In summary, I would say that it is worth continuing to follow the development of BIONICLE, even if you are not a fan of the original line, or may not even be a fan of the new story. The characters, pieces and building techniques are interesting, and it seems like LEGO is committed to continue to improve them. If you haven’t done so already, you can take a look at all the new sets under the LEGO BIONICLE section of the Online LEGO Shop.

Shop LEGO Bionicle 2016

So what do you think? How do you like the upgrades and changes to LEGO BIONICLE, and how do you think the new system compares to the old? Do you use LEGO BIONICLE parts for your other LEGO creations? Feel free to share in the comment section below! 😉

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{ 7 comments… read them below or add one }

brickmaster March 31, 2016 at 12:26 PM

That’s really interesting! I didn’t realize there were so many changes between the 2015 and 2016 characters!

Reply

legozebra March 31, 2016 at 1:24 PM

As a major fan of Bionicle Gen1 and a follower of the line since its inception, despite the fact that I loved the old sets, the G2 sets are a huge and tangible improvement over all of the old sets. Speaking of the 2015 sets, I’m not too sure what you mean by their uniformity – in fact, they are more unique and distinct that any of the old Bionicle Gen1 sets, where “clone sets” were abundant throughout 2001 to 2006, with only some uniqueness between builds appearing in latter years of its run. This is why the 2015 sets are actually really beloved among the Bionicle community – they utilize CCBS (The Hero Factory building system) to such a unique and expressive extent. Just look at 2015 Onua versus 2015 Gali – Onua is short, squat, and broad-shouldered, with a unique system of friction for his geared arms. On the other hand, Gali is tall, thin, and streamlined. This is actually why the 2016 wave of Toa is largely criticized by most of the fan community – the designers added overly detailed parts covered in pistons (such as the chest element) that seems to have been included only to make these sets appear like the Gen1 sets. A set such as Tahu, in that case, has now been mismatched with several different styles – he has the cluttered chest piece, which may have been alright and fit in except for the fact that he has plain CCBS shells, the Crystal add-on, and the 2015 piston add-on. These clashing styles make him a decidedly worse figure than the 2015 sets. In addition, Comparing Onua and Gali from this wave, there’s little difference because of the attempts to make them uniform, which is why I believe that this wave of Toa is actually not an improvement over the old wave.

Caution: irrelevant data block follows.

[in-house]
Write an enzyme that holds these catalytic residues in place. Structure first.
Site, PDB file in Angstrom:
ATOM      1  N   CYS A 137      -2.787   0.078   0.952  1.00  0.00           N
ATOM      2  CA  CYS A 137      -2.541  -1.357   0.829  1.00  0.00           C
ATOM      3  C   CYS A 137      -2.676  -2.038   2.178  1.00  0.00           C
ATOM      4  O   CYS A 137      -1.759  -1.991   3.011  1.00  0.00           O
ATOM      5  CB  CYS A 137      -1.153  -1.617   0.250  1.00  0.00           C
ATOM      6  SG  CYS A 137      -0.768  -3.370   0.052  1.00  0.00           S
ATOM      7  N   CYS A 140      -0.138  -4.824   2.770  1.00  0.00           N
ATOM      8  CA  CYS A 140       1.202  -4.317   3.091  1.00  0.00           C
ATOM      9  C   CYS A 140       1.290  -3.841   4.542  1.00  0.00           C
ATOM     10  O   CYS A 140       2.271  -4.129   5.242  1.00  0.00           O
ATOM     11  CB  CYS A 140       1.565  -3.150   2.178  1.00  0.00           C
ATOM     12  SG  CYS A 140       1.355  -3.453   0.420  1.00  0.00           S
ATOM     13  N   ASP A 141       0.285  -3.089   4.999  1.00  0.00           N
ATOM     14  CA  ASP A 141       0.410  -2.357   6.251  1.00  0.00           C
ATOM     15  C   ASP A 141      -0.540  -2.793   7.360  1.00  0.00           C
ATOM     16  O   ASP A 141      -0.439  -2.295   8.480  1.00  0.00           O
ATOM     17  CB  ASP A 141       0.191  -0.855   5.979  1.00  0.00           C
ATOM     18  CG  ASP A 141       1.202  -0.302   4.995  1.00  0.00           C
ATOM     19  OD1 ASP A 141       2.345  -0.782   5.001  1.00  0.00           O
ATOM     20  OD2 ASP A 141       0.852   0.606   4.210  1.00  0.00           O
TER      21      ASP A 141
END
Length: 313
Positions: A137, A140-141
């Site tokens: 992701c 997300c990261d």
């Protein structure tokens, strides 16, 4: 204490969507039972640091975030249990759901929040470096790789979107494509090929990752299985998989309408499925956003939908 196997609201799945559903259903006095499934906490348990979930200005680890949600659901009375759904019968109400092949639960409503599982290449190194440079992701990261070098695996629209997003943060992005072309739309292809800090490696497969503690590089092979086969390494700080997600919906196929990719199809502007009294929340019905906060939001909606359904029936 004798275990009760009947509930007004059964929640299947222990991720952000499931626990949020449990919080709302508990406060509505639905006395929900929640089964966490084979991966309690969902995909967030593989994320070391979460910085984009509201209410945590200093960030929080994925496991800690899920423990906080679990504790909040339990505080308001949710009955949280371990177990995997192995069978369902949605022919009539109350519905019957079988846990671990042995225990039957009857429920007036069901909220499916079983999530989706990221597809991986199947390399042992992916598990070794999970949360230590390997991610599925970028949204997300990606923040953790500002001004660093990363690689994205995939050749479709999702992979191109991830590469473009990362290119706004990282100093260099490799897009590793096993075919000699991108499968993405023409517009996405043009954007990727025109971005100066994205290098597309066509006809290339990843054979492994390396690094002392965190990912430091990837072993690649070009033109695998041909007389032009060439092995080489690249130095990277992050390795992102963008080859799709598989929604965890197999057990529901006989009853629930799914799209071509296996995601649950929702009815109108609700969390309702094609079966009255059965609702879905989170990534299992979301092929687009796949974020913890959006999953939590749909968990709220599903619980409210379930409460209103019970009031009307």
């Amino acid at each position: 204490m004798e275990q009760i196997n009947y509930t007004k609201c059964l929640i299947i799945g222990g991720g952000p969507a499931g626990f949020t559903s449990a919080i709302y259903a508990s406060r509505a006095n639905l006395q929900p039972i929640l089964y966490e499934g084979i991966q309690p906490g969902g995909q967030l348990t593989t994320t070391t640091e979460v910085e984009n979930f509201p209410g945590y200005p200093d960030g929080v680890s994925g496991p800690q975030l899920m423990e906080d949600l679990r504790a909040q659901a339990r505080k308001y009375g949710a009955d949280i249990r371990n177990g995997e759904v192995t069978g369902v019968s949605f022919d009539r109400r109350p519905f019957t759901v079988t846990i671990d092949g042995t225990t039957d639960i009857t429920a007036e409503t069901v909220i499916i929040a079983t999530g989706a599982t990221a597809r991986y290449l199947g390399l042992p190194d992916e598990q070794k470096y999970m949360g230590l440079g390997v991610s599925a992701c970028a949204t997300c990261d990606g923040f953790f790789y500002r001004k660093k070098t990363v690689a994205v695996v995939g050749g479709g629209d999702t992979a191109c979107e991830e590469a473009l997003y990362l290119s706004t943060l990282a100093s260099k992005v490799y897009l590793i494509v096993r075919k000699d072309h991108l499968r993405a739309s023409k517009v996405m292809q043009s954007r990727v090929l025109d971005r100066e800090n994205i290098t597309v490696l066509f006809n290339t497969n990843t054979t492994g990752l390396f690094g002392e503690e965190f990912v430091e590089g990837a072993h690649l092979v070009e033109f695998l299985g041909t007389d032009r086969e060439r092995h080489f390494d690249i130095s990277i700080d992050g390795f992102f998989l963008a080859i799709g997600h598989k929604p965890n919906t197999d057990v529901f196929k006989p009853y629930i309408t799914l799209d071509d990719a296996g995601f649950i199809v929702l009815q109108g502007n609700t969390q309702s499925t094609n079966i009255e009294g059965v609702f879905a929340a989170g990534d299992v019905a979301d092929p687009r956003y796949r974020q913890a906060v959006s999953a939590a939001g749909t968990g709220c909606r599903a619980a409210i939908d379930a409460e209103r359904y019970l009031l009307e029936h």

Just some thoughts… Thanks for the thought-provoking article.

Reply

admin March 31, 2016 at 1:39 PM

Very interesting perspective. Thanks for sharing. I guess it may take LEGO a while to figure out how to please both first gen BIONICLE fans, and those who got introduced to BIONICLE recently. I do know that first gen fans were not happy with the 2015 BIONICLE sets because they looked too much like Hero Factory; chunky, smooth, and too simple. Now LEGO is moving towards the more detailed design, but there are obviously still things to work out.

Personally I prefer the 2015 sets, but that’s because I’m a Hero Factory fan and like the more chunky style. However I also very much like the first gen parts and accessories because they are great for greebling. I do suggest to regularly give LEGO feedback and let them know what you think. As they are definitely listening and would like to get it right. It may just take a while… 😉

Reply

JediToa March 31, 2016 at 10:17 PM

Good article! What really sold BIONICLE Gen 1 in my opinion was its strong storyline. We can’t really discount the books and movies made on account of it. On the other hand, the Hero Factory had little to no plot variation. The new BIONICLE, while their sets are more varied, still have not lived up to the epic lore of BIONICLE 2001.
That’s my thought that I felt was missing.

Reply

admin April 1, 2016 at 10:04 AM

That is a very good point. The first generation BIONICLE story was mesmerizing, intriguing, and very surprising. I read somewhere that LEGO decided against such a complex storyline this time around, because some kids got confused by the original BIONICLE story. I don’t know it that’s true though. Kids can be surprisingly clever to figure things out.

Reply

insectoid19 April 2, 2016 at 7:40 PM

That dwarf warrior one is so cool 🙂

Reply

admin April 4, 2016 at 10:55 AM

Yeah, I like him very much too! 😀

Reply